10427 The Retailer Autumn 2018_Final Draft Pages

Tackling the Transition to Natural Refrigerants

Eric Winandy Director, Integrated Solutions Emerson Commercial & Residential Solutions

IN HASTE TO REPLACE HARMFUL HFCS, RETAILERS SHOULD BE WARY OF RUSHING INTO NATURAL REFRIGERATION SYSTEMS THAT AREN’T TRULY SUSTAINABLE Don’t get me wrong, we’ve come a long way in becoming more environmentally sustainable. From reducing food waste to improving energy efficiency, industries like retail are making great strides in developing more sustainable solutions every day. From a climate change perspective, the hole in the ozone layer has made some recovery over the years and, perhaps more importantly, UN initiatives such as the Paris Agreement and Montreal Protocol have demonstrated that the world (Trump administration aside) can make and stick to a challenging decision for the global good. On the journey, it’s become abundantly clear that there are real pockets of challenge and opportunity to make more impact, faster. Collective global decisions are made. Action is agreed and enforced. But as industries and organisations, are we exploiting these environmental opportunities to their fullest – in ways that also make the greatest commercial sense? Turning up the heat on cleaner cooling The cleaning up of cooling systems is a prime, retail-relevant case in point. In 2016, delegates from around the world convened in Kigali for the 28th Meeting of the Parties to the Montreal Protocol. It was agreed that hydrofluorocarbons, or HFCs – which are used in the majority of commercial and residential cooling systems – were having a significant impact on global warming. Up to 4,000 times more potent than CO 2 , worldwide use of the refrigerant needed to be reduced, and replaced with more sustainable alternatives. The Kigali Amendment thus set in motion regulations that would phase-out HFCs completely, and support from the EU established an aggressive phase-down timeline for Europe. This poses a significant challenge for retailers, particularly those who rely on cooling to preserve food products, and need to transition all of their refrigeration systems before the HFC supply runs out; in 2019, the supply in Europe will effectively fall to 37% below its 2015 level, and will be cut by almost 80% by 2030. The good news is, those ahead of the game in the grocer sector seem to be making the inspired choice to replace HFCs with natural alternatives, rather than a stop-gap compromise that could face similar regulation in a few years. However, industry reports suggest widespread action is not only slow, but lacking considered strategic planning.

Consider this: • According to a survey last year of grocery retailers across France, Germany and the UK, 40% were not fully aware of EU F-gas regulation; • Nearly half of respondents (44%) of the same survey said their business hadn’t started to make the shift away from HFC refrigerants, or were unsure if they had; • And according to a report by the Birmingham Energy Institute at the University of Birmingham, the rise in HFC prices and pressure to change could prompt grocers to “hasty rather than considered decision making” which poses risk. It is extremely important retailers make the right refrigeration choices as they transition away from HFCs, because the technologies adopted will be in service for up to 15 years. This has massive implications for future environmental performance and operations within stores. Despite the time pressures, that choice must involve consideration of more than just which refrigerant is used. It needs to factor in what system provides the optimum long term solution, which is sustainable in every sense. CO2 refrigeration is the popular choice, but not always the right one As natural alternatives to HFCs are considered, there are two primary solutions available – CO2 and hydrocarbons such as propane. So far, most food retailers seeking to phase-down HFC refrigerants have chosen CO2 systems, and only a handful such as Waitrose have opted for hydrocarbon integral systems. It’s understandable why retailers are opting for CO2 as a seemingly obvious choice: the architecture of CO2 refrigeration systems is similar to the HFC systems they replace, and CO2 is significantly less harmful on the environment. However, despite these benefits, research has found retailers could be missing out on significant cost savings by opting for CO2, rather than hydrocarbon systems. Because the latter are far more like a domestic fridge, they can be cheaper to install, easier to maintain and more energy efficient. In fact, independent analysis by an institute of air handling and refrigeration in Germany found a retailer could save up to £45,600 per store over a 10 year period by opting for a hydrocarbon system. That is the kind of savings that could get your CEO’s attention, particularly when you consider that most chains operate thousands of retail locations.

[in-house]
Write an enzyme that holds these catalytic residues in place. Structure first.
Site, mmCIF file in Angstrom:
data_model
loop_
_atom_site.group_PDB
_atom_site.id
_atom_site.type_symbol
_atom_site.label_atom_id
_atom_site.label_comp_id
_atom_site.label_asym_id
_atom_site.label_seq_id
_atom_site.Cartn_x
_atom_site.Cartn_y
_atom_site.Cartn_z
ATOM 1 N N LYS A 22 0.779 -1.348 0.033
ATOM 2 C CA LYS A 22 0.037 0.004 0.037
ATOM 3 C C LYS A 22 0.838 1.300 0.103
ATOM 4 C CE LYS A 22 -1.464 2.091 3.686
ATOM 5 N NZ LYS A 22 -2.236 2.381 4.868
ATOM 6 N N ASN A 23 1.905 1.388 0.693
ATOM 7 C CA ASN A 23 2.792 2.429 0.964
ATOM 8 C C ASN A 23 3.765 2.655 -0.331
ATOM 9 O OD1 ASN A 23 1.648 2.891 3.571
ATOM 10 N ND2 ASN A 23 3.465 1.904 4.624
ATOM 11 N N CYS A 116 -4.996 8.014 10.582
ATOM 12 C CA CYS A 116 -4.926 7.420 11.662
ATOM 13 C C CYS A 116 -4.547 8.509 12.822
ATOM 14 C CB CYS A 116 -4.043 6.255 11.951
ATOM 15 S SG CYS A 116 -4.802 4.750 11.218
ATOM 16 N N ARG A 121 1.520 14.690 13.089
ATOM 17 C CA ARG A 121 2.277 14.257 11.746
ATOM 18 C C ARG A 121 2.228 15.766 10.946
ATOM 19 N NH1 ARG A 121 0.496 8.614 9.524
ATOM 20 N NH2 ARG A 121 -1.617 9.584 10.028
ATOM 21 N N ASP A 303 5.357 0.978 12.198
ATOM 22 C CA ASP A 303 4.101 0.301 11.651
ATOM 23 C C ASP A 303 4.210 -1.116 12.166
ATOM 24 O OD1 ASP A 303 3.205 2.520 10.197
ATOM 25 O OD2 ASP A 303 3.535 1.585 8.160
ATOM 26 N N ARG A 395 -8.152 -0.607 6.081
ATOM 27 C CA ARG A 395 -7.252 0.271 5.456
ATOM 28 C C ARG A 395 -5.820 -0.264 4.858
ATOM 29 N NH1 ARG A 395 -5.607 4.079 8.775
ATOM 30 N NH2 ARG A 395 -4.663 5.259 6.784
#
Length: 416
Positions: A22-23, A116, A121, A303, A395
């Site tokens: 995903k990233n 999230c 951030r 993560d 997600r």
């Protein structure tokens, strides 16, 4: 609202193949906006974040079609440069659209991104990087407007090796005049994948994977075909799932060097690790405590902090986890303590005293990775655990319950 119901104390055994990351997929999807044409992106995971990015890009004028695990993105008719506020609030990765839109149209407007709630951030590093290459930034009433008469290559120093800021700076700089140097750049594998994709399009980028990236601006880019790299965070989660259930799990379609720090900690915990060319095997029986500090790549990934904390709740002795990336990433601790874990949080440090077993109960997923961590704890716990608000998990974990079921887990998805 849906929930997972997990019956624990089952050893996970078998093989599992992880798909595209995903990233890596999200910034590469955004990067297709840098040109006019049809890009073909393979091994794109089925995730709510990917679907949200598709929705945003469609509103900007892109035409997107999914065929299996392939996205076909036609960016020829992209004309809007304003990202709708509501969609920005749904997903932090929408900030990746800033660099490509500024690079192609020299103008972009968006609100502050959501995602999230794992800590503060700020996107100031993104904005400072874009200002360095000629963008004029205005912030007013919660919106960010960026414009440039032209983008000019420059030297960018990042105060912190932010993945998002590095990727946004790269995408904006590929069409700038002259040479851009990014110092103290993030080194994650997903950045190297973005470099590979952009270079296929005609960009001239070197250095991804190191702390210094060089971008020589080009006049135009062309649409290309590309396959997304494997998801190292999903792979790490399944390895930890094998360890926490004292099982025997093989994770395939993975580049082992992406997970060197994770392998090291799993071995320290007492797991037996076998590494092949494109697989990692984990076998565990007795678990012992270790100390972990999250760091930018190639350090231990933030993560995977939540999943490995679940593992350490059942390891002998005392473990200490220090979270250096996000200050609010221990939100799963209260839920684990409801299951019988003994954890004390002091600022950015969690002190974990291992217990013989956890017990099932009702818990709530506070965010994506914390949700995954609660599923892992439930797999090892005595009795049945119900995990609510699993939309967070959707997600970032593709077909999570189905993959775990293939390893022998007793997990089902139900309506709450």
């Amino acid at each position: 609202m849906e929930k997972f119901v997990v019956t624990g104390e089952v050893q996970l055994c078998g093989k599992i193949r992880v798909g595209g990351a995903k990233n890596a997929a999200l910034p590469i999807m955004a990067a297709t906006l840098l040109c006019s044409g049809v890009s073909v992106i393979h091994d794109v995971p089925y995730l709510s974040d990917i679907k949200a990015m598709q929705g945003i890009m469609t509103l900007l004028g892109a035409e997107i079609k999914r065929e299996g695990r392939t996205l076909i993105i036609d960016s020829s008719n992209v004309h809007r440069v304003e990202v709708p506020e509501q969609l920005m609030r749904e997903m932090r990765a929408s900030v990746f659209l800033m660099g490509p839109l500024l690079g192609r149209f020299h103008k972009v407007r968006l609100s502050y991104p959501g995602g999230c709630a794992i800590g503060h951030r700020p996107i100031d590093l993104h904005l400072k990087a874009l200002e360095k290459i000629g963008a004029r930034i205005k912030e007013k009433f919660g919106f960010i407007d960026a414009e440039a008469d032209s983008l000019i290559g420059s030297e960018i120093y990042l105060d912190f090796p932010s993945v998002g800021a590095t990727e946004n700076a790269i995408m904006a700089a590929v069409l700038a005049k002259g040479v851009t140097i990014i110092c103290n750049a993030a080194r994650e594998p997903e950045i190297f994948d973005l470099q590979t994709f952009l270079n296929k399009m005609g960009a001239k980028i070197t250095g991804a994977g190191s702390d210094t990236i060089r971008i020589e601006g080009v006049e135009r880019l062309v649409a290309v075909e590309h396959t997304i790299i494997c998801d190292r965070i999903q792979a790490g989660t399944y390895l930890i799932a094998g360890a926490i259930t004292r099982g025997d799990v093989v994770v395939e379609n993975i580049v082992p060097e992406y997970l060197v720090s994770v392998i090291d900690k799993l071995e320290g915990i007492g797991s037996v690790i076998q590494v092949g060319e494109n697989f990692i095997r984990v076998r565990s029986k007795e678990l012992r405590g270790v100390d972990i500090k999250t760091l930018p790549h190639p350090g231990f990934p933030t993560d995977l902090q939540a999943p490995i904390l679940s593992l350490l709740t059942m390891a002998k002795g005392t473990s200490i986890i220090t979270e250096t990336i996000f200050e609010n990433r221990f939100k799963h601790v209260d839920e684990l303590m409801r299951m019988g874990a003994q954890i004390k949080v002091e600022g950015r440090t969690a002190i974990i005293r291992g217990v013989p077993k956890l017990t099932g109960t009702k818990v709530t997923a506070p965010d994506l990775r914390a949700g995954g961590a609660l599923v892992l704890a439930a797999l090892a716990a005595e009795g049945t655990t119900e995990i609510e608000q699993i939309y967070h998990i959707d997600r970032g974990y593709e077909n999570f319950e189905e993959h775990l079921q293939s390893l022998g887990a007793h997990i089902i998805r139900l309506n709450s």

28 | autumn 2018 | the retailer

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